Seven or eight months ago, an email was forwarded to me by a friend. It announced the launch of a new fishing rod company.
The announcement made some big claims. They warned that “Things are about to change in the fishing rod industry.” They alerted me that they are a “revolutionary fishing rod company” making “tournament-quality” rods without the “ridiculous price tag.” Finally, they “guaranteed” that theirs are “the best rods” I would “ever use.”
That’s bold talk, but I try to keep an open mind. After all, once upon a time no one had heard of Berkley or Humminbird, Daiwa or PRADCO. You gotta start somewhere, and this company was certainly aiming high.
So, I started looking for them. I asked around at the Pitman Creek Wholesale show in October. Nothing.
I checked at the Big Rock Sports Show in January. More nothing.
In March, I walked the floor at the Bassmaster Classic Expo, but there was no sign of them, despite the fact that the rod company was clearly targeting the bass market.
A couple of weeks ago, I looked for them at ICAST. As you’d expect by now, they were a “no show.”
I haven’t seen another email from these people since that first one was forwarded to me months ago. (That’s right, they somehow failed to include the editor of North America’s business-to-business fishing publication on their distribution list.) They haven’t even gone to the trouble of signing up to be in the FTR Buyer’s Guide … and that’s free!
Is the company a textbook example of hubris or just another tackle company without a meaningful plan? You don’t need David Copperfield to disappear if you work in the fishing industry. All you need is a bad marketing plan.
I’m hoping it’s just hubris—that they’re cocky and about to explode on the scene with rod designs we can only imagine. After all, the company can’t actually “disappear” until they’ve “appeared,” and this company has yet to even pop up on anyone’s radar.
For the company’s sake, I hope they have enough local business to keep the lights on, but to the fishing community at large, they don’t exist. Their website appears to be up and running, but they’re offering huge discounts on rods that might not be necessary if they were truly the best I’ve ever used … or if they knew how to market their inventory.
Of course, it didn’t have to be that way, and I wish such awkward starts were the exception in our industry rather than the norm. But that’s just wishful thinking.
A lot of folks trying to make a living in the fishing industry are anglers first and business people second. They’re in the industry because they love to fish and don’t realize that the best way to cut into your time on the water is to work in the fishing industry. Many of them have a great product but a lousy company.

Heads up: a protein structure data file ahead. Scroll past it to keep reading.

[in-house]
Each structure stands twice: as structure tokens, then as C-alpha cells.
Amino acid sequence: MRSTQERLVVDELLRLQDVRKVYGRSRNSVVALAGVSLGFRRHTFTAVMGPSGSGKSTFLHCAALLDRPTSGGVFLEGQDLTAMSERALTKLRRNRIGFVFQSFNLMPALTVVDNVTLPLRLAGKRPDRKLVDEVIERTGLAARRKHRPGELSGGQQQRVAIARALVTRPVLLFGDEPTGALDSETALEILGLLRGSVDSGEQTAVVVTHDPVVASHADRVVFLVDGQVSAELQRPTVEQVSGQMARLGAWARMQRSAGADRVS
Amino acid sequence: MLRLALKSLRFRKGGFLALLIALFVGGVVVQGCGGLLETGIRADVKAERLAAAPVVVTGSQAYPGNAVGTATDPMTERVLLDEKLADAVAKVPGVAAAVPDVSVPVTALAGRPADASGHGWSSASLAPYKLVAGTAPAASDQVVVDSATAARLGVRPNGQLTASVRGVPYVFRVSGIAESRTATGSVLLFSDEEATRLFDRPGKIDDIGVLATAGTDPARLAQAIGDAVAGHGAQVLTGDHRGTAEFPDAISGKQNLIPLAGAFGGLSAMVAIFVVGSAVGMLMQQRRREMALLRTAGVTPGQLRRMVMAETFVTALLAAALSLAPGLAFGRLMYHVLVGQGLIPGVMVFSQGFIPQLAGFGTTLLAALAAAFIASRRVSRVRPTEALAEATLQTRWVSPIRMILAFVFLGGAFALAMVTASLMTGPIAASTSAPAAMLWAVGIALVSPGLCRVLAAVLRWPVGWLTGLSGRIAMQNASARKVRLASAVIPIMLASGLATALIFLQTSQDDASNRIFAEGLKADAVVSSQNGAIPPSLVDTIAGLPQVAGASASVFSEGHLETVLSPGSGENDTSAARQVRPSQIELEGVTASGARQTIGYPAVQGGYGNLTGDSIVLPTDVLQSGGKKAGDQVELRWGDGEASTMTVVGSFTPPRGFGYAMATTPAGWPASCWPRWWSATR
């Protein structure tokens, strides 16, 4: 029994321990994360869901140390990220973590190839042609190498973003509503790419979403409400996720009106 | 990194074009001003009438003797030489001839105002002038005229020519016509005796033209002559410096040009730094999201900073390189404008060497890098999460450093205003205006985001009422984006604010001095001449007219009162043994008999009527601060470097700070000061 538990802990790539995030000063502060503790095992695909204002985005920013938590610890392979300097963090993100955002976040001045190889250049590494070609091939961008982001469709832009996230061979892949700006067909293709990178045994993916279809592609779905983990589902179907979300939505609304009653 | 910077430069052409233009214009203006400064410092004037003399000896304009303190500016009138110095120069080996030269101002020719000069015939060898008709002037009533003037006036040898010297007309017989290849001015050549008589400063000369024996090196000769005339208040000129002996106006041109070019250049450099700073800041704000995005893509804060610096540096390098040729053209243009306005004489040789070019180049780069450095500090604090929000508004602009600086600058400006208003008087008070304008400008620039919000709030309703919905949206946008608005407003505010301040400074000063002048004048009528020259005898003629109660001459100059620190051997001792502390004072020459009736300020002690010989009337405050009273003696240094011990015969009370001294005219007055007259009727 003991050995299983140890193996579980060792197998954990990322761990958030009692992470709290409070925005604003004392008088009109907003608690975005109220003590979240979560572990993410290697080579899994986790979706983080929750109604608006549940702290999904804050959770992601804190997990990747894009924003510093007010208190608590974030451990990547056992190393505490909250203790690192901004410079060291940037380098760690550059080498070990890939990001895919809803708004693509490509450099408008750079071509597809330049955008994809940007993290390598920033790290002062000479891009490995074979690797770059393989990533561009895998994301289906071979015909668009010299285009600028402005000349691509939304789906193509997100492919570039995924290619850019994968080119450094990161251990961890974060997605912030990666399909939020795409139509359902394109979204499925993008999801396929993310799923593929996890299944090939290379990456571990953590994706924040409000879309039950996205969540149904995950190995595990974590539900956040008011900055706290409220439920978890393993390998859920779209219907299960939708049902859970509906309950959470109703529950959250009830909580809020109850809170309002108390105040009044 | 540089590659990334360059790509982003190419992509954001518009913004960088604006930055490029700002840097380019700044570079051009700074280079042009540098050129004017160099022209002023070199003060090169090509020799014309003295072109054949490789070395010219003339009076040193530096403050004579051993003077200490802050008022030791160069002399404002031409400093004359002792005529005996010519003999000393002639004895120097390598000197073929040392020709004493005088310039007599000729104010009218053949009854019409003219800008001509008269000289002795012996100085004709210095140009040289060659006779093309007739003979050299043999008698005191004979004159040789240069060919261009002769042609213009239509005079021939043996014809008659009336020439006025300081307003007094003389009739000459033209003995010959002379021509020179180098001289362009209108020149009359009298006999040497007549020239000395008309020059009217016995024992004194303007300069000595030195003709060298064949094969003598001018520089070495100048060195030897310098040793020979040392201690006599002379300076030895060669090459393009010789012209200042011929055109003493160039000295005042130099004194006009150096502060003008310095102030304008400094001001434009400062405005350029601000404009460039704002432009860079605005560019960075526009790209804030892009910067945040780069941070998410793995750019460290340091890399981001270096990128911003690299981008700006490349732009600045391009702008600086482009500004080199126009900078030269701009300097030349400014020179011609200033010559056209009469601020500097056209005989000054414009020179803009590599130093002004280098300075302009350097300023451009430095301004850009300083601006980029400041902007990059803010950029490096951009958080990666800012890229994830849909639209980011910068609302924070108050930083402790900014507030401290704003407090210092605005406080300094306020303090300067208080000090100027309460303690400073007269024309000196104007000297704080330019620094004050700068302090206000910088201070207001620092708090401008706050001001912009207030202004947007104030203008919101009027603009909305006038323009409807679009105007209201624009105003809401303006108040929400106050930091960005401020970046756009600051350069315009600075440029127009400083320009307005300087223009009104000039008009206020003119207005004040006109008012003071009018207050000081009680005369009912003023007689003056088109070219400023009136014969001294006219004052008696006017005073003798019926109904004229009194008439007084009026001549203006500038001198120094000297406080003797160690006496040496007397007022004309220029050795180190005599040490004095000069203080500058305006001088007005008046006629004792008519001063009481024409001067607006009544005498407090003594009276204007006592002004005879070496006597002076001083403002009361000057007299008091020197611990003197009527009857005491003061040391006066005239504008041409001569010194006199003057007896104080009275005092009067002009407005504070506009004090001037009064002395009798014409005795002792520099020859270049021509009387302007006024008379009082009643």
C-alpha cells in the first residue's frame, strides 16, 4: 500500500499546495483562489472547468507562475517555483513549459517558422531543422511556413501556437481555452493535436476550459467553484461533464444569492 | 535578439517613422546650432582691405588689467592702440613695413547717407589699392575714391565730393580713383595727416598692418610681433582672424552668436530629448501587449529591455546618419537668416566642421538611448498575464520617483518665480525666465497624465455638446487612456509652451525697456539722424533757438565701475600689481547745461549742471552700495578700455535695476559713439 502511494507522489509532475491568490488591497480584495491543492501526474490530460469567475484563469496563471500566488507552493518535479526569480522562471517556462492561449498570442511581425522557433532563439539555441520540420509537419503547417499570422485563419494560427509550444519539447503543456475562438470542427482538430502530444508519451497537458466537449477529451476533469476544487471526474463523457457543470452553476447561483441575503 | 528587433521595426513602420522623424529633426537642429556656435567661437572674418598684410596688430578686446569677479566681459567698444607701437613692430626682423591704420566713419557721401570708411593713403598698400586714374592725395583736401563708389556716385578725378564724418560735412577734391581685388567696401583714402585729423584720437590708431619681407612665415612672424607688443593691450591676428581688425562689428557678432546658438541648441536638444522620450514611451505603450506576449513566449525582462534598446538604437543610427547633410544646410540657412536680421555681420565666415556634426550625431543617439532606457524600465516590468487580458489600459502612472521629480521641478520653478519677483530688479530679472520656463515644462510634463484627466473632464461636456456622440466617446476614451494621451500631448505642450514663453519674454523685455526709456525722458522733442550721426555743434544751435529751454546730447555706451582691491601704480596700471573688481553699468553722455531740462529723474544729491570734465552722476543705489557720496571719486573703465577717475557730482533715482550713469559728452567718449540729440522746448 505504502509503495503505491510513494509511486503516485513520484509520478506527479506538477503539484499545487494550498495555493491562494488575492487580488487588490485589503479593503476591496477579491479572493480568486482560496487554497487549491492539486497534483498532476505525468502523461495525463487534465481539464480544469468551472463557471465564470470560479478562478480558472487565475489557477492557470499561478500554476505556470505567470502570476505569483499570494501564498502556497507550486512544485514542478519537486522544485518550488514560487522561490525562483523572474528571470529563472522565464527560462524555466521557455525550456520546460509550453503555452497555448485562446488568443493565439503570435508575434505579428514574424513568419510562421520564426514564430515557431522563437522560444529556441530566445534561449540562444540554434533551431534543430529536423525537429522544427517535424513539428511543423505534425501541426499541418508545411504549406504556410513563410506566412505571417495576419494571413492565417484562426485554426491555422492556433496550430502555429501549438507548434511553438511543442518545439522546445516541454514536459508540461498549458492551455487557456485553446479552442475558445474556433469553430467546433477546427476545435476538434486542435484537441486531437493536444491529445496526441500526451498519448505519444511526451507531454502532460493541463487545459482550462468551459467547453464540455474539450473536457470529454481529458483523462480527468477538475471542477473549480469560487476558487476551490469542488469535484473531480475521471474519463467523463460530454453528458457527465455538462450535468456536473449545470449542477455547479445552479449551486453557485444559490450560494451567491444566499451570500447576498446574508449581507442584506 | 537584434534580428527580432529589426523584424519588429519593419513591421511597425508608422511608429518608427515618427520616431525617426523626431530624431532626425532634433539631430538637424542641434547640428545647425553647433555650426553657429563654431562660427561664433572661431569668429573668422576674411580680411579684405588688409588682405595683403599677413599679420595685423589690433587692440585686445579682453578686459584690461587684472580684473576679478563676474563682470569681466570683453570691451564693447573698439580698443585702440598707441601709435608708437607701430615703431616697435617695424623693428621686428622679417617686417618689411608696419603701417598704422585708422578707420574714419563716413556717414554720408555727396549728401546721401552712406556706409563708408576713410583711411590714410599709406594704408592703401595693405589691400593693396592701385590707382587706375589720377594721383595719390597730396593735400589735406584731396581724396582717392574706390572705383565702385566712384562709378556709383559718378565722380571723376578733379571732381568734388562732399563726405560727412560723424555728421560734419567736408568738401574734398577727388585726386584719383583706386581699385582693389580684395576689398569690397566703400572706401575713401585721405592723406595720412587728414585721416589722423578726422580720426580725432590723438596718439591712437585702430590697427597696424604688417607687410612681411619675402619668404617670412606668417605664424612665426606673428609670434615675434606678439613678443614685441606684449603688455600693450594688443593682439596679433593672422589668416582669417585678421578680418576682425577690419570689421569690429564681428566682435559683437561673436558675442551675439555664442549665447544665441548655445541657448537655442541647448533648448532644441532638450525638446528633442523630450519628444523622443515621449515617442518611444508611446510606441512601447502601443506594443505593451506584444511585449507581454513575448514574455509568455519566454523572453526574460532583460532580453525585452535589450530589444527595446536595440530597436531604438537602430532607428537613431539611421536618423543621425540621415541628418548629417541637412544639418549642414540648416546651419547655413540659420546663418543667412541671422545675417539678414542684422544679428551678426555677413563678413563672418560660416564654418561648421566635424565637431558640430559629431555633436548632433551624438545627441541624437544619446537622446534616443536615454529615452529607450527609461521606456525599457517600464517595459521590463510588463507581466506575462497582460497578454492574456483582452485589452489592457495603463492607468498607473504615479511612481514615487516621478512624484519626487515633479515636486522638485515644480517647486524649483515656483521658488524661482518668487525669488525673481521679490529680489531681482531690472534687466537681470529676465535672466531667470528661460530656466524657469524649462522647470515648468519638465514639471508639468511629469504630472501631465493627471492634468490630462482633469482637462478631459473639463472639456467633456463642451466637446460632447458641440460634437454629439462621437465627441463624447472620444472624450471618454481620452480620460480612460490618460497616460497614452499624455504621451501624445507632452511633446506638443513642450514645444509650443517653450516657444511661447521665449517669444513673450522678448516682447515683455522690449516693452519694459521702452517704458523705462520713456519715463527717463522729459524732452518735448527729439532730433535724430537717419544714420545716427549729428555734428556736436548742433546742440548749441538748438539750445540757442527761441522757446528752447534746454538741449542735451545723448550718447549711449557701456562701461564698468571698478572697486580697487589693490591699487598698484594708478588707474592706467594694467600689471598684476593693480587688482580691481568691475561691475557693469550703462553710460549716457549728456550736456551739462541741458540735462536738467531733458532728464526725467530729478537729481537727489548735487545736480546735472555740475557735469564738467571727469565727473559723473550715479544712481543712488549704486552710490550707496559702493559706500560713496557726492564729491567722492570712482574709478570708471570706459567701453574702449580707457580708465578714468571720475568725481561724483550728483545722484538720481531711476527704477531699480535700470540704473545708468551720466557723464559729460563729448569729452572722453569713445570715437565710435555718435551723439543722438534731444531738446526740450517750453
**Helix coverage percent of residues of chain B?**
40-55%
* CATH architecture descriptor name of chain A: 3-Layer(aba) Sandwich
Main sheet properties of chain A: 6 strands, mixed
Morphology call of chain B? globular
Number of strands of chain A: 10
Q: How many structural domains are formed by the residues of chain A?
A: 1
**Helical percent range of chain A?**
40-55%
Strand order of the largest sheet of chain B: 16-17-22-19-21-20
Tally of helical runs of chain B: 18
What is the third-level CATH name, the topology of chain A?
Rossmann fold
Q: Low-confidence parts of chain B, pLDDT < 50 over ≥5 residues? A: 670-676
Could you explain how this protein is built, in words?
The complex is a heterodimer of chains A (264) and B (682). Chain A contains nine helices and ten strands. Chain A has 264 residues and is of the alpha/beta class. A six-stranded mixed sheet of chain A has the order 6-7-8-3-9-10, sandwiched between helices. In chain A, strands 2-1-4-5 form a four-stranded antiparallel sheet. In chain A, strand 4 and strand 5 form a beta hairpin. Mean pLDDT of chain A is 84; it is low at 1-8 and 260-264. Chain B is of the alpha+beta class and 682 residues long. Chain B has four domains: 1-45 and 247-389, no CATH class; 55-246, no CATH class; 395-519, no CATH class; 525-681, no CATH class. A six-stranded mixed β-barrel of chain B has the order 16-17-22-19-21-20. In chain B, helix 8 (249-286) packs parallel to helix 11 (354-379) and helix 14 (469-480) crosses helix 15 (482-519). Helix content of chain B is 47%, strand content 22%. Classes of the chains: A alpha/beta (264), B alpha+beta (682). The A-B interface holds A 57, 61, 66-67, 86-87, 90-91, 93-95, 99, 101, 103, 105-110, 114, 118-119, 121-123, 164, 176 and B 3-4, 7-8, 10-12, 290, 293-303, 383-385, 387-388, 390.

And the ones who struggle or fail outright all seem to lack a meaningful plan of any kind.
“Let’s get this email out there to all our fishing buddies, then we’ll start cranking out the [insert tackle item here],” someone says. “Arnie, you take phone and web orders. Betty, you did such a great job on that email, you’re in charge of marketing. Charlie … we’ll find something for you, too, but for now just prepare for the avalanche of media that will want to tell our story!”
That’s not a plan. That’s a recipe for bankruptcy and divorce.
A plan means having the right people in the right positions, not simply having friends who want to meet Bill Dance and take selfies with Kevin VanDam.
A plan means never wondering about your next step. It means having it already mapped out.
A plan means having product when you need it and shipping when you say you’ll ship.
A plan means hoping for the best but bracing for the big challenges.
It’s not exclusive to our industry, of course, but I’m often troubled by start-ups that don’t do their due diligence, that don’t talk with others who have gone before them, that don’t consult with knowledgeable business people before they invest time, energy and money in a dream.
It’s a little like heading out on a strange body of water and expecting a big catch when you don’t even know what swims there. You’re just wishing for fish, but the stakes are so much higher.